Everybody has to eat, but many people do not know where their food comes from. Farmers and producers are often inept at sharing their stories because they’re too busy making the actual products. Celebrating the history of agriculture and the toil people go through to feed the masses is one of my favorite topics. Stories about food or the people who raise it, harvest it, process it or market it need to be accessible, and they need to be well-told. Using social media and magazine stories to connect farms with tables and tables with farms is storytelling at its finest.
If I’m not writing about agriculture, then I hope I’m writing about education. I’m currently an academic advisor for journalism and mass communications at K-State. I use writing in outreach and communication for our department, and I use writing to help my advisees. Whether I’m writing academic progress appeals to help students on academic warning who need a second chance, creating an email to explain their options for classes, or coaching my students through the resume and cover letter writing process, I am using writing for the greater good.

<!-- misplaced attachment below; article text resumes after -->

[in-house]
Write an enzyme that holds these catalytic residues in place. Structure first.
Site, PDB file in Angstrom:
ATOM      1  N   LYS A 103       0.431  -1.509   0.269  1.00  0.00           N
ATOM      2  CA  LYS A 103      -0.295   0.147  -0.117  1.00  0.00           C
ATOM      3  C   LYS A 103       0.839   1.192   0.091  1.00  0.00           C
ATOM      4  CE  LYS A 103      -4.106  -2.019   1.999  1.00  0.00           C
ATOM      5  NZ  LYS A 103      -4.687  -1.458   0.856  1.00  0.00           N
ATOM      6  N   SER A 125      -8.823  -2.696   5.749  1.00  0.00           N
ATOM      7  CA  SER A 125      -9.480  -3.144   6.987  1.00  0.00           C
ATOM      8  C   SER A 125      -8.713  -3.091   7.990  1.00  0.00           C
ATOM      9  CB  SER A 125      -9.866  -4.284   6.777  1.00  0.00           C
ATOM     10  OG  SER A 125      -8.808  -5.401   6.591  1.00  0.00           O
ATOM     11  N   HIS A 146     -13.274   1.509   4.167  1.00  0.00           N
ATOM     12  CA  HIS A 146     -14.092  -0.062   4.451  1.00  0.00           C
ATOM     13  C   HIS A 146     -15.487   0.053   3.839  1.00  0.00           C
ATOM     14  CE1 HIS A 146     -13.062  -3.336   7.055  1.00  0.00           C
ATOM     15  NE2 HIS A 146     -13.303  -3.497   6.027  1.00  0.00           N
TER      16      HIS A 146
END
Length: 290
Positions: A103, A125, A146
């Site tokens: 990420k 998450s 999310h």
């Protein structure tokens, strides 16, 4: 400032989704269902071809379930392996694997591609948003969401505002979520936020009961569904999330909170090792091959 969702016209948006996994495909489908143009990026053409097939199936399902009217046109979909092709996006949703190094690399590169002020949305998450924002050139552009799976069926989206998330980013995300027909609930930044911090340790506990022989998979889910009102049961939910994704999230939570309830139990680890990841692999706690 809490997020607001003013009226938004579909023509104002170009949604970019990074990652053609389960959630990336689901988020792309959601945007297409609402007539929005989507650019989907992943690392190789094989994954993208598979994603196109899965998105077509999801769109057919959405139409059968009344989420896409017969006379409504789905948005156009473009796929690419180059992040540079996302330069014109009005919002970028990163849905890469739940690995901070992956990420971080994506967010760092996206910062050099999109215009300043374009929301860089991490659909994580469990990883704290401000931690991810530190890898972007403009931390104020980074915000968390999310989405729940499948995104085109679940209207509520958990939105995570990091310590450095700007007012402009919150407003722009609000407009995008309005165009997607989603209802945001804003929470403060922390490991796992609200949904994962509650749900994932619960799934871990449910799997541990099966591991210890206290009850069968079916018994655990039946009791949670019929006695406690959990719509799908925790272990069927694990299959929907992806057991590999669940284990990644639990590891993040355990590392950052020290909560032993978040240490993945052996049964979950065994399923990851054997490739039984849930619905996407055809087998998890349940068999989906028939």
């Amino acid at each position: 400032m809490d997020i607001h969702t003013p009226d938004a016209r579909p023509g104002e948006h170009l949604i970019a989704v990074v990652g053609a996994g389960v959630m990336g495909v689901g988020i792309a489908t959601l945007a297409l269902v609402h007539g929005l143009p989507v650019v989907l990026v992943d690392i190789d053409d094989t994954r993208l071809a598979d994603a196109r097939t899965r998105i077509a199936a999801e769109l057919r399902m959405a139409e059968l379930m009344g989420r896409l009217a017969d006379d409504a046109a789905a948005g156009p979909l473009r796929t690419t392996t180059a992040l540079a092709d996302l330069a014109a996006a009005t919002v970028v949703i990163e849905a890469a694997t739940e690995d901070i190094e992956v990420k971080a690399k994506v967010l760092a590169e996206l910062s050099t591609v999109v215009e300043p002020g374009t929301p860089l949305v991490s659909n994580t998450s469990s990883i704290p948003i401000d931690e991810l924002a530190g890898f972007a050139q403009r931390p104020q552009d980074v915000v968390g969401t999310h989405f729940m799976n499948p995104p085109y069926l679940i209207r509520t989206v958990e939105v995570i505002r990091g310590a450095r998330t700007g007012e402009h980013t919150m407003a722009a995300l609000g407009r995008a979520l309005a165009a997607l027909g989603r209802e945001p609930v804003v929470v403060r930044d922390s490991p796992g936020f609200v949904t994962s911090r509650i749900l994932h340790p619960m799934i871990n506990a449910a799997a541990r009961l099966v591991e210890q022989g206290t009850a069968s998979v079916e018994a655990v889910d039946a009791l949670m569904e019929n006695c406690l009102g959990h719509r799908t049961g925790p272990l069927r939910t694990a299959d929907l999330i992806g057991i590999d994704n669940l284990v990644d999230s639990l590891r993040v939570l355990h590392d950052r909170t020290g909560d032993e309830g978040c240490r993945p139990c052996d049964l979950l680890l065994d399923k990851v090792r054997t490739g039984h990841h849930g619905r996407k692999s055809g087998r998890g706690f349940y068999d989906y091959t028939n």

As a writer, you also need a sense of humor. Puns can combine both your love of words and your sense of humor. This moose post was one of more popular posts when I was a social media manager for History Nebraska. I still don’t quite understand why.
To sum up, I have three pieces of advice.
1) Practice writing all the time. Your writing ability is a muscle, and you need to put in the conditioning. If you start getting sloppy with your texts or with your emails, it will show up in your other work. Write nice thank-you notes. Send professional emails. Craft meaningful social media posts. All writing is important writing.
2) I’ve been trying to get a novel published for the last five years. Ninety-six different agents have rejected me. I’m just not good enough yet, and that’s fine. To use a rural metaphor (my favorite kind), I’m going to need to make more horseshoes before I’m ready to build a plow. And that’s okay. I’m dedicated to being the best horseshoe maker I can be, and I’ll gain enough experience to tackle bigger projects and more competitive markets.
3) Be the MVW (most valuable writer) of any workplace. Just remember that written communication shouldn’t be your only strength – you want to tell stories through photos, video, design, and public speaking on multiple platforms and on both big stages and at private parties. Learn the art of small talk; make talking about the weather or engaging with a stranger at a work function an opportunity to hone a story, either your own or someone else’s. Yes, I am telling you to attend parties to make you a better writer and storyteller. As a literary partier, land somewhere between Laura Ingalls Wilder and Jay Gatsby.
Share the stories. Design the stories. Tell the stories. Write the stories. You can do it all with a degree in English.
— Kylie Kinley (M.A. ’13)